Bond issues

Big news in the world of social investment with the announcement yesterday of a £11.25 million investment of Big Lottery funds in Social Impact Bonds. The Social Impact Bond (SIB), launched in March by social investment organisation, Social Finance, is a new kind of financial instrument whereby investors in the Bond receive a share of a the long-term savings made by the government as a result of the work funded by their investment.

The first ever SIB will fund a pilot project at Peterborough Prison where social sector organisations including Ormiston Trust, YMCA and St Giles Trust will provide intensive support to 3000 short-term prisoners to help them resettle into the community thereby reducing re-offending rates.

The rational is that keeping people in prison very expensive (it costs an average of £50,000 a year) and most (60%) of short term prisoners go on to re-offend in the year after their release. If the SIB funds work that reduces re-offending and saves the government lots of money over a six-year period, the investors should be entitled to a return on their investment which reflects the money that they’ve saved through their intervention.

£6.25 million of Big Lottery’s total SIB investment will go towards funding the Peterborough project with other investors in the first SIB including a mini-Who’s Who of top charitable trusts: Barrow Cadbury Charitable Trust, Friends Provident Foundation, The Henry Smith Charity, Johansson Family Foundation, LankellyChase Foundation, The Monument Trust, Panahpur Charitable Trust, Paul Hamlyn Foundation and the Tudor Trust.

This stellar line-up clearly reflects a high level of excitement in the grant-funding sector about the potential for SIBs, along with a credible desire from these trusts to put some cash into testing a new model. That’s a positive thing in itself, what’s currently less clear is the SIB’s potential to bring in new money from outside the current social investment sector. The launch press release quotes Rob Owen, Chief Executive of St Giles Trust explaining that:

“The Social Impact Bond represents the start of a funding revolution for organisations that specialise in preventative work. By unlocking future savings and capturing their value, the SiB allows access to capital from a wide range of new investors. This means that charities, such as St Giles Trust, can deliver their life changing services over a larger scale, with greater impact.”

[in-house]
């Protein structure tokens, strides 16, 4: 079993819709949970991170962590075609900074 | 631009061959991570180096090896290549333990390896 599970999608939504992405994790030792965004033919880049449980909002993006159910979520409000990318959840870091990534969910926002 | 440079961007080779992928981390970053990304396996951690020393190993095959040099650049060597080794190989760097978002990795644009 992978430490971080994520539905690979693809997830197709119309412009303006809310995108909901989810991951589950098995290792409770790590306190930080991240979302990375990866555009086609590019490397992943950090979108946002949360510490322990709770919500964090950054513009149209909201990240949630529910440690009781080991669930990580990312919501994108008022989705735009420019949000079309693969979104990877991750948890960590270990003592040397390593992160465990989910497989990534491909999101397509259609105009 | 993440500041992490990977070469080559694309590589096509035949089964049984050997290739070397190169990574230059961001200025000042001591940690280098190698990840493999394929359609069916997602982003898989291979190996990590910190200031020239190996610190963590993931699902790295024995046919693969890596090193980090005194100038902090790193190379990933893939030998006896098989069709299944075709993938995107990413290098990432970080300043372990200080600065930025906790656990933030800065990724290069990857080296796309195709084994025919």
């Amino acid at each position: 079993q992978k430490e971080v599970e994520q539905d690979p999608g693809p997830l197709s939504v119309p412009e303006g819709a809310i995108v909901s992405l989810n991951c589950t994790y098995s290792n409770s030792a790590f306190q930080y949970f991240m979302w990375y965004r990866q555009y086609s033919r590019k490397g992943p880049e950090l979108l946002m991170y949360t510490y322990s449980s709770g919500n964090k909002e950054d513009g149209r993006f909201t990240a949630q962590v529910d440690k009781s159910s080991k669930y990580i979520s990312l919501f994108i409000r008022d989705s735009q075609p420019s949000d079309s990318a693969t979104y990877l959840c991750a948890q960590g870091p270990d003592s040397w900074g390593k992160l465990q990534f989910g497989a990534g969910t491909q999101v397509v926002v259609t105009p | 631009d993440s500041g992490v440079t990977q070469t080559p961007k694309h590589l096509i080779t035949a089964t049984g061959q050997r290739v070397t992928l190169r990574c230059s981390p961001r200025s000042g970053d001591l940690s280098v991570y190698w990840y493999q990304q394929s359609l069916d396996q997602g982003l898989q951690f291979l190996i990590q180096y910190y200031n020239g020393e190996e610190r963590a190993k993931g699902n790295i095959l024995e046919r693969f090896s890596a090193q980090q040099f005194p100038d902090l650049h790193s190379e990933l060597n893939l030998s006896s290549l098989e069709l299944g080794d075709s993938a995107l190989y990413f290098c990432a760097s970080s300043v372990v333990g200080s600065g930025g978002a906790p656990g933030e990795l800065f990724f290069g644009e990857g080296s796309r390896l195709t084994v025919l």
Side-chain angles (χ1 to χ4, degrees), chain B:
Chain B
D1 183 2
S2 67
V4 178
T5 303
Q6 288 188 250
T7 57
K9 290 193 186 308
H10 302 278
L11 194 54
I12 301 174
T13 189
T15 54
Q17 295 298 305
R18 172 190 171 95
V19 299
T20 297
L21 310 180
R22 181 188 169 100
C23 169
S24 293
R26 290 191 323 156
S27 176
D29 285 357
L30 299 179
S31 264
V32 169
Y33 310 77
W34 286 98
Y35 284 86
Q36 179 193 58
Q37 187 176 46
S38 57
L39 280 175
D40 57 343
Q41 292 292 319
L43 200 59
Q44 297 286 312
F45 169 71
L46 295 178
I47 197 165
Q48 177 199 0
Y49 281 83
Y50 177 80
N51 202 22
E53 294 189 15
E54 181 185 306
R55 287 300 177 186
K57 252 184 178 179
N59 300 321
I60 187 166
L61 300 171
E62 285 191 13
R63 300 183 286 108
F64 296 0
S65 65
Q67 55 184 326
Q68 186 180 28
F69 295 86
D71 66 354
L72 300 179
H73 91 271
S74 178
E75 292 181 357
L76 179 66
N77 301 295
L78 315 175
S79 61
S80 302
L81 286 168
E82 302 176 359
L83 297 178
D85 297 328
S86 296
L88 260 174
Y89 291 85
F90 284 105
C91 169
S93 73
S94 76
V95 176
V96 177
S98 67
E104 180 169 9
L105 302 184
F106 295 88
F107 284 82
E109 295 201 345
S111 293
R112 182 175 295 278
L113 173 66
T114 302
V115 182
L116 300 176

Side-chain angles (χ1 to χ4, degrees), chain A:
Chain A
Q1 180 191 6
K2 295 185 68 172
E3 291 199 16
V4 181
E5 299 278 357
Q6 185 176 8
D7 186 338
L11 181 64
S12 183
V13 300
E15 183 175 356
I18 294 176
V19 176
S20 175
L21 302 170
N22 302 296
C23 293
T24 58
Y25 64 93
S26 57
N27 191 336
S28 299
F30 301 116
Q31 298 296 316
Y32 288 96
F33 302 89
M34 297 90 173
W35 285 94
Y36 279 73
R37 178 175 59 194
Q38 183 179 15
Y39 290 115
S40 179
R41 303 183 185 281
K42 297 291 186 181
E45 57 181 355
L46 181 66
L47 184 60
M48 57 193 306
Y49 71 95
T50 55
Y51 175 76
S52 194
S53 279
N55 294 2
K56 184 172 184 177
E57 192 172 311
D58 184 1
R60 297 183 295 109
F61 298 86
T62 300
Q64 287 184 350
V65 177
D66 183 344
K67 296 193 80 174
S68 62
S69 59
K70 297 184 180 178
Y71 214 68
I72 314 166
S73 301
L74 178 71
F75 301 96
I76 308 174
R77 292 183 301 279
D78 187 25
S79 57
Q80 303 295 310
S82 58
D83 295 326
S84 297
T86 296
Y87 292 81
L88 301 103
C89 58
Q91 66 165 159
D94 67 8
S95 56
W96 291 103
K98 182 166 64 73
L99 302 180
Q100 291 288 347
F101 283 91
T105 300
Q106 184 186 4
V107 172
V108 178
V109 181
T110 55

The difficulty with this statement is that the investors in the first SIB aren’t ‘a wide range of new investors’, they’re an impressive list of trusts who already give out grants to pay for positive social outcomes who are using the SIB instrument to provide money in a slightly different way.

Is this because no investors without an existing grant-giving remit were asked to invest in the pilot or because they were asked but weren’t interested?

Either way, that leaves two big questions which the Peterborough pilot and further Big Lottery funded work will need to answer. The first is whether the SIB model works in terms of delivering money-saving social incomes – given the the amount of cashing going into one project, we’ve got to assume that the one project concerned is a reasonably decent bet in those terms – and the second is whether, if it does work and the Peterborough investors get a decent return, that will be enough encourage other investors (banks and wealthy individuals) to invest in future SIBs.


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4 responses to “Bond issues

  1. It’s a good starting point, but in my view will only become a truly replicable model when local people can see the merit (and financial return) of investing in their own local schemes.

    Peterborough needs to be so successful it inspires other communities to do it for themselves – without outside ‘investment’.


  2. beanbagsandbullsh1t

    I agree that local people investing in things is desirable but I’m not sure it’s practical to set-up new ways for local people to invest on this scale (£5million plus).

    There’s already a mechanism for people to fund stuff in their local area on that scale with a structure in place for collecting the money: the council.

    There’s certainly good arguments for councils to have more flexibility to raise money and for people to have more say over what they spend it on.


  3. Well, it’s a pilot, so seems a bit harsh to judge it for lack of attracting new investors just yet…though I get the point.

    I think the bigger challenge may lie in ensuring the “less-easily-quantifiable-but-still-preventative” work can partake / participate in this type of funding + investment. Not just the easily monetisable outcomes.

    And that takes us back to measurement + metrics…


  4. beanbagsandbullsh1t

    I agree. I’m not saying the pilot’s failed by not attracting outside investors but I do think that whether or SIBs can ultimately do that is the big question – otherwise it’s just a different way of using bits of the existing social pot.

    Agree that your big challenge is a big challenge. My instinct is large scale SIBs won’t be a good way of funding less easily quantifiable work but – if it becomes a widely used approach to funding – there will need to be an understanding of the work of projects and organisation whose work provides the building blocks for more easily quantifiable change.


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